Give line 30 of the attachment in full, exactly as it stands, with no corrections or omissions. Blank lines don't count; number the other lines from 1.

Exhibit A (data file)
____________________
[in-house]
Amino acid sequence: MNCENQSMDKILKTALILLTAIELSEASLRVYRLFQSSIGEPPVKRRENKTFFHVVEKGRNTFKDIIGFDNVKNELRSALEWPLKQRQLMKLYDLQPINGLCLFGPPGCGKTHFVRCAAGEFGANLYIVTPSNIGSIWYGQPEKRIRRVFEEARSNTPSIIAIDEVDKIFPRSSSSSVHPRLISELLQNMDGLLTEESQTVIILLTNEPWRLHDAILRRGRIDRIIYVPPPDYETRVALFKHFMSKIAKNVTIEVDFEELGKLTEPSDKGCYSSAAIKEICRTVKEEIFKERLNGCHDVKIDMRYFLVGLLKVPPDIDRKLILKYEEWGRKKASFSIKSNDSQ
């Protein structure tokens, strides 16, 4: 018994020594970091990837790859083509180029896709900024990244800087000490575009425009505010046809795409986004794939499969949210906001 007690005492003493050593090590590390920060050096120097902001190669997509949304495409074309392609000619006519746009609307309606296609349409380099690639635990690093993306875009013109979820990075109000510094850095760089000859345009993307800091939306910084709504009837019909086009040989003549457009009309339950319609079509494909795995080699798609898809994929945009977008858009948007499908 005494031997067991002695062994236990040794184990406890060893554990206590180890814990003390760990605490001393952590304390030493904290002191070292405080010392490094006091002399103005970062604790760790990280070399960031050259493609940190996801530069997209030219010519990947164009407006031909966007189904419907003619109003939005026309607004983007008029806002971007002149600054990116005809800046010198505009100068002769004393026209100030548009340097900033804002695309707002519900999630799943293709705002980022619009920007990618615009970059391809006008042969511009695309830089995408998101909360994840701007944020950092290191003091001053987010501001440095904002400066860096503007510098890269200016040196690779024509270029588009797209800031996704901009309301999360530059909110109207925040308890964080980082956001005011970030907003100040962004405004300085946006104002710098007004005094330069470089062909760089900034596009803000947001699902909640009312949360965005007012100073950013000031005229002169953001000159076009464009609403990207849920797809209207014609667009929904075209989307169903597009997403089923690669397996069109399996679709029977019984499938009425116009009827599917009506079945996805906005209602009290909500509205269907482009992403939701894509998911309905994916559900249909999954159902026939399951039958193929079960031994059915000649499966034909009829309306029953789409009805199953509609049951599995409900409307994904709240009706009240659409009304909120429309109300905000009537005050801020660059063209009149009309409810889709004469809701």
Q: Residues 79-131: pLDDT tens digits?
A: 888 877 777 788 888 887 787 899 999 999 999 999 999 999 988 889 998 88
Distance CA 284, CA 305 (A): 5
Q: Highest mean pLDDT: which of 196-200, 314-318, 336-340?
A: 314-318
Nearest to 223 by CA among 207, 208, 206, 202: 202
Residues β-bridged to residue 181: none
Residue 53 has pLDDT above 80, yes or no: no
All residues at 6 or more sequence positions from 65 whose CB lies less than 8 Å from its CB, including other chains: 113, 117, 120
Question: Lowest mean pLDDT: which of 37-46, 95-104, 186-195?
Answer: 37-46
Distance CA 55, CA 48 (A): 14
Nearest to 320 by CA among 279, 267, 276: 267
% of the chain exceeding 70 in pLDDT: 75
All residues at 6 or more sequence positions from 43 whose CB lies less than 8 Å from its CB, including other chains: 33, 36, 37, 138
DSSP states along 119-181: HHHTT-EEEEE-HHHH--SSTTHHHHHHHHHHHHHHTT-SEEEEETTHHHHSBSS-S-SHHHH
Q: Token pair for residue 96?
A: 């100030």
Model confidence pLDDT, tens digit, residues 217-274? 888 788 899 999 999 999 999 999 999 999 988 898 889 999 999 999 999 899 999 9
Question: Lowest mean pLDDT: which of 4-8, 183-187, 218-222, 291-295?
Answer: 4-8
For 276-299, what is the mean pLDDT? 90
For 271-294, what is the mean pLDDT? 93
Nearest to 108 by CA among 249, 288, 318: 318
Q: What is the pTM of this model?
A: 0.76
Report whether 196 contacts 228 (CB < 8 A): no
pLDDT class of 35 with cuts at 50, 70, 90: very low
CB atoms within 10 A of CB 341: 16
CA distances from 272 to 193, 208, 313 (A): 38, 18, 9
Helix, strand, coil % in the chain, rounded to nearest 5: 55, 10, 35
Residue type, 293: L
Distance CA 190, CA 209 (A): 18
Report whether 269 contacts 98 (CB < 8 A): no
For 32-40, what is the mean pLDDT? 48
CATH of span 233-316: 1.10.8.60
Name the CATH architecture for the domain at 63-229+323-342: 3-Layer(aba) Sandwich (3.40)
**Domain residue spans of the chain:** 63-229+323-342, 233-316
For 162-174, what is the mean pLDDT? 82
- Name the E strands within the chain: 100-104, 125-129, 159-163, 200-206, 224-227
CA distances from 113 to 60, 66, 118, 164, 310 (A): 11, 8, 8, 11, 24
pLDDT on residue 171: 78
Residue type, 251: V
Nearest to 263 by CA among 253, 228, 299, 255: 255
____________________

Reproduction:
Report whether 196 contacts 228 (CB < 8 A): no